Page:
7. smaganazook says:

    “The text itself is a message that describes in detail what the problem is…in a way that most people don’t understand. ”

    This statement is true of almost every entity framework (code first) exception I have come across. Most of the time, the exception message is absolutely useless in pointing to the cause of the exception. This is incredibly frustrating to users of your framework/API, and has on more than one occasion made my team consider moving to nHibernate.

    • It would be great if you could provide examples. We work really hard on new messages. A lot of the old ones from the core stack are terrible but specific examples would be useful. There is a particular problem with “MappingExceptions” in that they come from part of the stack that only understands the XML model and has no context about Code First. Those ones are hard to fix without significant changes to the stack.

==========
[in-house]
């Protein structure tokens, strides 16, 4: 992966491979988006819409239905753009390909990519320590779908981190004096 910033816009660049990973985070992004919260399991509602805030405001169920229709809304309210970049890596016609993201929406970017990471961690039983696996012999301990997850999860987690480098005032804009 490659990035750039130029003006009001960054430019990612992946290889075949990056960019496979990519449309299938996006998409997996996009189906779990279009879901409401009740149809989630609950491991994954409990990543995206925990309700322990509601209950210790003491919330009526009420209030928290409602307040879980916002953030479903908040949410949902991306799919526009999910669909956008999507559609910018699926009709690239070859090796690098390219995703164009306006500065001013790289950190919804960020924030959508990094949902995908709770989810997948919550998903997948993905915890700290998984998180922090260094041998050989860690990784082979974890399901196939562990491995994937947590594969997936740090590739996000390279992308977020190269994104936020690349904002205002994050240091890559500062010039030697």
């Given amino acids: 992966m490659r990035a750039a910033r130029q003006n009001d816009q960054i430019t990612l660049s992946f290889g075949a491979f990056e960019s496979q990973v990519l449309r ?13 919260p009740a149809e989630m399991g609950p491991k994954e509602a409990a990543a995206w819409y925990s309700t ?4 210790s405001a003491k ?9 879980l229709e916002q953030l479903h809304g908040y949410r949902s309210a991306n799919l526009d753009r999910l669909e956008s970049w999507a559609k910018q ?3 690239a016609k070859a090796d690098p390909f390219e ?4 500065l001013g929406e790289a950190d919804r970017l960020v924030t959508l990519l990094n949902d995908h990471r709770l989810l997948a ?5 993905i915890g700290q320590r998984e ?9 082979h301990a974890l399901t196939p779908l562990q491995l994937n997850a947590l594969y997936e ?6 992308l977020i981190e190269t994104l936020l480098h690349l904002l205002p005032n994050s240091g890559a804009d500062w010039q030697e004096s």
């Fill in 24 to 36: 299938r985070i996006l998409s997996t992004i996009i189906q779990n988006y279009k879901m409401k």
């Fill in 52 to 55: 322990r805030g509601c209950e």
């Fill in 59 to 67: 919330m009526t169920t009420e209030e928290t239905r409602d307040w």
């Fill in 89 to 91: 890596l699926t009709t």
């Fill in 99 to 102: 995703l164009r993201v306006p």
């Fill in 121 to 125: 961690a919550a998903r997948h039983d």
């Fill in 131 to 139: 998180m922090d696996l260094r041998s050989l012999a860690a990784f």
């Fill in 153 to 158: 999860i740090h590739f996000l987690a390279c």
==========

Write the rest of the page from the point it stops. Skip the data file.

8. dabblernl says:

    Thanks for this tip. Implementing it can be very slow though due to the fact that on every Remove call DetectChanges is called under the covers. Detecting changes is paramount before using the Local call (which EF automatically does), but it can be safely turned off when calling the For Each {remove} call. My code became ten times faster after doing this when the context held just 360 Local entities that had te be checked for a loss of their parents.

    public override int SaveChanges()
    {
    var cardsToRemove=ReportCards
    .Local
    .Where(r => r.Student == null)
    .ToList();

    try
    {
    Configuration.AutoDetecChangesEnabled=false;
    for each card in cardsToRemove
    ReportCards.Remove(card);
    }
    finally
    {
    Configuration.AutoDetectChangesEnabled=true;
    }
    return base.SaveChanges();
    }

  9. Adrian says:

    Thanks for this great post!.
    I have a similar situation, but I don’t find a way to address a proper solution.
    Consider the following model representing offers formed by one pack, where each pack can contain many services.

    public class Service
    {
    public int ServiceId { get; set; }